The rapid, global public health response helped to stem the spread of the virus, and by June 2003, the epidemic had subsided to the degree that on June 7 the WHO backed off from its daily reports. Nevertheless, even as the number of new cases dwindled, and travel advisories began to be lifted, the sober truth remained: every new case had the potential to spark another outbreak. SARS appears to be here to stay, and to have changed the way that the world responds to infectious diseases in the era of widespread international travel.

Dr. Carlo Urbani was the first to recognize SARS as a new disease.

Dr. Carlo Urbani was the first to recognize SARS as a new disease.

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Tuesday, 15th March
The Spread of Infection Worldwide

The Spread of Infection Worldwide

If we don’t take great care, SARS could become established in the poorest nations - places like Burundi, Nigeria or Malawi - which have neither the high-tech capability of Toronto nor the totalitarian muscle of China to contain it. If that happens, the consequences for global control could be grave.
Dr. Patrick Dixon // April 2003
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Tuesday, 15th March
The SARS virus was spread to large numbers of people by certain few individuals and circumstances that exponentially increased the disease’s severity. These individuals were name super-spreading events by WHO. In Hong Kong, there were three super-spreading events are known to have occurred.
Metropole Hotel: A doctor that treated an early case stayed at the hotel for vacation and infected large numbers of people. Eighty percent of infections in Hong Kong can be traced back to the ninth floor of the Metropole Hotel.

Prince of Wales Hospital: an asthmatic patient put on a nebulizer allowed the virus to travel much wider and further than it would have if it were contained.
Amoy Gardens: 321 persons in the housing estate were infected. Residents of affected blocks were first quarantined in their homes and then transferred to internment camps. The clustering of cases suggested that a defective sewage system was responsible, yet there were concerns that the virus had become airborne.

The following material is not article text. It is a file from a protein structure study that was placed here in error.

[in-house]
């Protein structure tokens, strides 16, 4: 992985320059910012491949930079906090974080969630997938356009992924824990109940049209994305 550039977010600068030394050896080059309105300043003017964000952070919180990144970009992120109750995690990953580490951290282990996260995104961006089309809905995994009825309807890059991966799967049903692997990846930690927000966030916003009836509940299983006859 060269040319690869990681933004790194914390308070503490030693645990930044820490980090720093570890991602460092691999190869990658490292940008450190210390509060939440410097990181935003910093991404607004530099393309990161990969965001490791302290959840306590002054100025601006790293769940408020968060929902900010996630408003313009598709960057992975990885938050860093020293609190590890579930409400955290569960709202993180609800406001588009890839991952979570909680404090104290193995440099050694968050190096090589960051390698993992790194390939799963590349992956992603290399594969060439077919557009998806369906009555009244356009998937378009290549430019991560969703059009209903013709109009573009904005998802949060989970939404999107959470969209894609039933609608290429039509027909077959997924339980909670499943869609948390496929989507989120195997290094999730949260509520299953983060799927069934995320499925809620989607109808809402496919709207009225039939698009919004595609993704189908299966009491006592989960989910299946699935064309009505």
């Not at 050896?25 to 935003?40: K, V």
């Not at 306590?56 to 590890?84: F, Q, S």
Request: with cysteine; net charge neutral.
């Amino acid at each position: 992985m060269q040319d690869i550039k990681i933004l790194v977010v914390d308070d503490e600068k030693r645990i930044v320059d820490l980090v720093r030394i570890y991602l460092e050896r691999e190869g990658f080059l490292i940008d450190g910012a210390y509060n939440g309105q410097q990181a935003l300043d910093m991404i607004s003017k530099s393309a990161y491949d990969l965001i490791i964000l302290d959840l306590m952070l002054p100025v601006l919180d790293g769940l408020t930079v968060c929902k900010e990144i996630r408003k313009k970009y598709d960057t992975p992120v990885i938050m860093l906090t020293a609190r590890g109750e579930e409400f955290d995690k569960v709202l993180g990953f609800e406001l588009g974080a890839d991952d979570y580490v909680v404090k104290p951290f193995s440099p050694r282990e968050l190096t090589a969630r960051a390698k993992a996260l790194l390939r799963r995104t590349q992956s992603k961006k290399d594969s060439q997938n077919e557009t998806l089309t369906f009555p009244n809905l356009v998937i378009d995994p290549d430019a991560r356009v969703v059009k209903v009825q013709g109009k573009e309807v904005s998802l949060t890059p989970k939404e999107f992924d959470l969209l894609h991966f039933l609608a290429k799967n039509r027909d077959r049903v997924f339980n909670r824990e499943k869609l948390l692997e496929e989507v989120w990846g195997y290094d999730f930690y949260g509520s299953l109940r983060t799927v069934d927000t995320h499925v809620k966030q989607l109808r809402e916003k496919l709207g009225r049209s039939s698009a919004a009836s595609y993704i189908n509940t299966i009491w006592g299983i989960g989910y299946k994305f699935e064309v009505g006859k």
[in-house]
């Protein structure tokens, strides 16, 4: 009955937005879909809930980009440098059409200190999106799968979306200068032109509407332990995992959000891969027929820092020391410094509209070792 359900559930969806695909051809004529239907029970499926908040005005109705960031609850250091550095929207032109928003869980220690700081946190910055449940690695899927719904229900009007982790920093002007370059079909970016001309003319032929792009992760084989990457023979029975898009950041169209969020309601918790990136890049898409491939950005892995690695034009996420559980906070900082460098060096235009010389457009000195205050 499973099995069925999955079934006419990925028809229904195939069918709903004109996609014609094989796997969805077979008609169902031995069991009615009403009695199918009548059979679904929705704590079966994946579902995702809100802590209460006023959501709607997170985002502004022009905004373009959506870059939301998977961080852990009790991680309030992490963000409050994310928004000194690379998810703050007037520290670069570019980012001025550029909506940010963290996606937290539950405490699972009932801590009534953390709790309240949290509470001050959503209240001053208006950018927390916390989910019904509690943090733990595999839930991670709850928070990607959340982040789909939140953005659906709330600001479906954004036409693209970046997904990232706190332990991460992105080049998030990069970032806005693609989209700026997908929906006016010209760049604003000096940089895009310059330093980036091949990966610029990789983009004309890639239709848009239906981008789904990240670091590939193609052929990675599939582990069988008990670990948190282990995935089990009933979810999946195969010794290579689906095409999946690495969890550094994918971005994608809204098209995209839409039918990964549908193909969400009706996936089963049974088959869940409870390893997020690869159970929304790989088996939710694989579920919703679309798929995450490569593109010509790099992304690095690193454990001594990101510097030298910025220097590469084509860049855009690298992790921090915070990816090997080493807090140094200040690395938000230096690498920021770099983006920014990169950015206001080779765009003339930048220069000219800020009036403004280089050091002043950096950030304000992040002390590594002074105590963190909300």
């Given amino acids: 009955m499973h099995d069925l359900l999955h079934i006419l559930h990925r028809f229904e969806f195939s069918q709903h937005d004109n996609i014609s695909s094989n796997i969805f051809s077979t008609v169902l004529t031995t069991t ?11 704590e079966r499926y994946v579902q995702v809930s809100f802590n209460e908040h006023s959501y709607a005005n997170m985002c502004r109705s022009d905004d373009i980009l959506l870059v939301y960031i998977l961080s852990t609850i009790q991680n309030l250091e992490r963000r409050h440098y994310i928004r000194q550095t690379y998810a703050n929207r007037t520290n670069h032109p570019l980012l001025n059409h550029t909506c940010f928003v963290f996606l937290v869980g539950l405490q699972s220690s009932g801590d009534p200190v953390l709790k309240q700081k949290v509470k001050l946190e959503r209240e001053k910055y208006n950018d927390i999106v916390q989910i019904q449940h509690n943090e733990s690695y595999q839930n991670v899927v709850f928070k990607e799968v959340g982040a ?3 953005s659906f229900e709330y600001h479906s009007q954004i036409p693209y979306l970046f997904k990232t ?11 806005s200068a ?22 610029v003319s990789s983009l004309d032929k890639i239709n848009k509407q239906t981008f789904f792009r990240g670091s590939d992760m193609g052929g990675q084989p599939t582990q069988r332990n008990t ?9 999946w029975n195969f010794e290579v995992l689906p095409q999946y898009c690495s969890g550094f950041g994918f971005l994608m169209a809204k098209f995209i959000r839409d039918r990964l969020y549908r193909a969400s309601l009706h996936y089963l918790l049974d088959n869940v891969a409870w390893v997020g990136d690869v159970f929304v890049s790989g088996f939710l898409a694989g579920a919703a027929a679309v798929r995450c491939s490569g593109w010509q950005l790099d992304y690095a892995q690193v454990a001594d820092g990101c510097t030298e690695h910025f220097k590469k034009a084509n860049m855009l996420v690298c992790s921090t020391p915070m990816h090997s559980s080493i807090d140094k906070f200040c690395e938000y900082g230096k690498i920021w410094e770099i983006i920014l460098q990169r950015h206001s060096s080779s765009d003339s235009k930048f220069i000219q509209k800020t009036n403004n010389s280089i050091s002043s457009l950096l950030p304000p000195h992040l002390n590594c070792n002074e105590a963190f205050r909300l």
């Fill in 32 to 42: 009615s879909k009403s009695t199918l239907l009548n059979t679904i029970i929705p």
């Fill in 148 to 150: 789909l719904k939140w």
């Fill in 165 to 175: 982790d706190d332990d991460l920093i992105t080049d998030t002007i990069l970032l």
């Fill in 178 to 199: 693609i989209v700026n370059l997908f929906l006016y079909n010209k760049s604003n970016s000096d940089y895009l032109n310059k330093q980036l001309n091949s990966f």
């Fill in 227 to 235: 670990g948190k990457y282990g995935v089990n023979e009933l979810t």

The SARS virus was spread to large numbers of people by certain few individuals and circumstances that exponentially increased the disease’s severity. These individuals were name super-spreading events by WHO. In Hong Kong, there were three super-spreading events are known to have occurred.

Metropole Hotel: A doctor that treated an early case stayed at the hotel for vacation and infected large numbers of people. Eighty percent of infections in Hong Kong can be traced back to the ninth floor of the Metropole Hotel.

Prince of Wales Hospital: an asthmatic patient put on a nebulizer allowed the virus to travel much wider and further than it would have if it were contained.

Amoy Gardens: 321 persons in the housing estate were infected. Residents of affected blocks were first quarantined in their homes and then transferred to internment camps. The clustering of cases suggested that a defective sewage system was responsible, yet there were concerns that the virus had become airborne.

Numbers of people infected, recovered, and deceased from January through November 2003.

Numbers of people infected, recovered, and deceased from January through November 2003.

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Tuesday, 15th March